On the Friday morning I struggled to write the introduction to this sermon, I wondered outside, and I do mean "wondered," not "wandered," for although I did wander outside to meditate, my wandering led to wonderment as I beheld in the western sky a glorious full moon.  There she hung in the dark, clear heavens, silver and full, crowned with a translucent halo that encircled her with beauty, and radiated with a fullness so dazzling that only the blazing brilliance of the soaring sun would eclipse her glory.  As I gazed upon this natural wonder, I thought to myself, this is, indeed, God's picture of holy matrimony--"fair as the moon, and clear as the sun."  Surely, of all human relationships, Holy Matrimony is the most glorious and transcendent.
    In the beginning, when God created the heavens and the earth,  seven times God surveyed the works of His hands and said, "It is good."  But on the sixth day, when God formed man from the dust of the earth and breathed into his nostrils His immortal spirit, God said, "It is not good"; that is, it is not good for man to be alone.
    This is not to say that the human individual, separate from a marriage partner, is not in himself or herself a glorious reflection of the divine image, for indeed each one of us is created in God's image.  Like the personalities of the Godhead, we each possess an individual personality with spiritual, physical, moral, emotional, intellectual, and volitional attributes.  But we, our individual selves alone, and even Adam and Eve in their pristine innocence, fall short of God's glory in one sense; left to our individual selves we lack the ability to fully express Trinitarian love.
    The Godhead is not merely individual but also social; that is, God the Father, God the Son, and God the Holy Spirit, although individual and distinct personalities, do not exist independently one from another but rather interdependently One with the Others.  And the essence and dynamic of this interdependence among the Trinity is love.  The Father, Son, and Spirit love one another completely and purely; indeed, God is . . . ; that is, the Godhead is, Love.  Therefore, if God's human offspring would be created fully in God's image, then the human being must possess a social capacity to love.  And, indeed, to a greater or lesser extent, wherever real love exists in human relationships, these relationships approximate the Divine pattern of love which exists among the Trinity.  Aside from the Christian's experience of God's love through the special grace of salvation, all human beings through common grace participate in Divine Love through three human relationships: kinship, friendship, and courtship.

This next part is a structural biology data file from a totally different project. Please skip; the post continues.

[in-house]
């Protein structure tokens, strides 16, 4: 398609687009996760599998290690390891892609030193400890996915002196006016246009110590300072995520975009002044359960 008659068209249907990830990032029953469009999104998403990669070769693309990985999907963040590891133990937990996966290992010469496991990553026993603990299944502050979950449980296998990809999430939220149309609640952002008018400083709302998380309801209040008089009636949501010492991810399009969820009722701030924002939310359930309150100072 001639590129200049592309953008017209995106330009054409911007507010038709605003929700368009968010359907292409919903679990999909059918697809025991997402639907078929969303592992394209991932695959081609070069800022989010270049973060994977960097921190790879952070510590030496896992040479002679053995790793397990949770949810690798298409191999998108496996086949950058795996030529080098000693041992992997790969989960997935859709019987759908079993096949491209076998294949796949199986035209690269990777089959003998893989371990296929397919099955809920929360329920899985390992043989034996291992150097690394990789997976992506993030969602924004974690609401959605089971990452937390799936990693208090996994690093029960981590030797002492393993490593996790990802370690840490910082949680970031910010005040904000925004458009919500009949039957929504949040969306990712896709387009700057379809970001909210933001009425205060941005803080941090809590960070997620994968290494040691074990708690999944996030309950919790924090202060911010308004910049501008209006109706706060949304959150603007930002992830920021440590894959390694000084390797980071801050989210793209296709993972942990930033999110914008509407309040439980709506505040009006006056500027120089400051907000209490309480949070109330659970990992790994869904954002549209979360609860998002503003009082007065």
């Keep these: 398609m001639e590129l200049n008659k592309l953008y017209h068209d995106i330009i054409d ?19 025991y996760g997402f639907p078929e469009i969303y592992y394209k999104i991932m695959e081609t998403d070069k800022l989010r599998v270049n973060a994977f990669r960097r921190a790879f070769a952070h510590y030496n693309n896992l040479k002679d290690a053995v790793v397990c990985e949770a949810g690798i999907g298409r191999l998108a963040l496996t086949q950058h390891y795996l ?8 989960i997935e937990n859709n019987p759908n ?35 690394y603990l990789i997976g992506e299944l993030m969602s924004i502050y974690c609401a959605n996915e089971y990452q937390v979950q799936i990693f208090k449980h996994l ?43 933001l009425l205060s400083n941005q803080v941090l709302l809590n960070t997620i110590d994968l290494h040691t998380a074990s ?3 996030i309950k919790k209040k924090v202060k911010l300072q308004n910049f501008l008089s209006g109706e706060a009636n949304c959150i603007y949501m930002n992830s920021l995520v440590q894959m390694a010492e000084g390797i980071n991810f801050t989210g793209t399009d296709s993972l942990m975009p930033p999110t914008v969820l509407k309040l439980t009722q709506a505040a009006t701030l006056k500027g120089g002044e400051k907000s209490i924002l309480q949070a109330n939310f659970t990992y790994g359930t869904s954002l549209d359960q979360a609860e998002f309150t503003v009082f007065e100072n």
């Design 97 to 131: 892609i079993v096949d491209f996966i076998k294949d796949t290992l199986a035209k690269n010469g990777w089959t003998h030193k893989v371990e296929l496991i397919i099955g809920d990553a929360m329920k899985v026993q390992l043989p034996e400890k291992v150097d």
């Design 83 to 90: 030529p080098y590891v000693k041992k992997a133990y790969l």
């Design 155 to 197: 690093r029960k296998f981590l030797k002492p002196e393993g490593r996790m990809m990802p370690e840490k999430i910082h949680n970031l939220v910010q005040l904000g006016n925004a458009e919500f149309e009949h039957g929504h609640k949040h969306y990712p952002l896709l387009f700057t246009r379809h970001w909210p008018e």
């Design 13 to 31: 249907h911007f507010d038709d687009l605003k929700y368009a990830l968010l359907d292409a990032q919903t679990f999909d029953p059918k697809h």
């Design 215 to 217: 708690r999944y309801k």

By kinship we mean love for one's family--familial love--such as a father's love for his son or a mother's love for her daughter, which imitates the love of the Divine Father for the Divine Son.  A child's love for his/her parents imitates the love of God the Son for God the Father.  Through common grace families participate in Divine love when they love one another, but how exceedingly wonderful is it for that family who loves one another by special grace because they have been born again into the family of God!
    The second way in which human beings by common grace participate in Trinitarian love is through their relationships with friends.  More properly termed brotherly or "filial" love, love between friends, such as that between David and Jonathan, is a non-sexual love which exists between two individuals regardless of their gender.  Filial love, or friendship, usually arises when two individuals have similar or at least compatible character, including personality, interests, belief systems, or experiences which make them mutually attractive one to another, and mutually supportive of one another.  This mutual character, attraction, and support among friends demonstrates Divine love because each member of the Trinity possesses essentially the same character as the other members of the Trinity; each member of the Trinity is mutually attracted to the others by Divine Love; and each member supports the others in the establishment and accomplishment of all the Divine purposes.  How wonderful is it to have friends!  A friend loves at all times, and a friend's wounds are faithful!  But if one would have friends and therefore by filial love participate in Divine Love, then he must show himself friendly; friendly people have friends; but remember, there is a friend who sticks closer than a brother, and no friend will love you more than that friend who will lay down His life for you, our best Friend, Jesus Christ.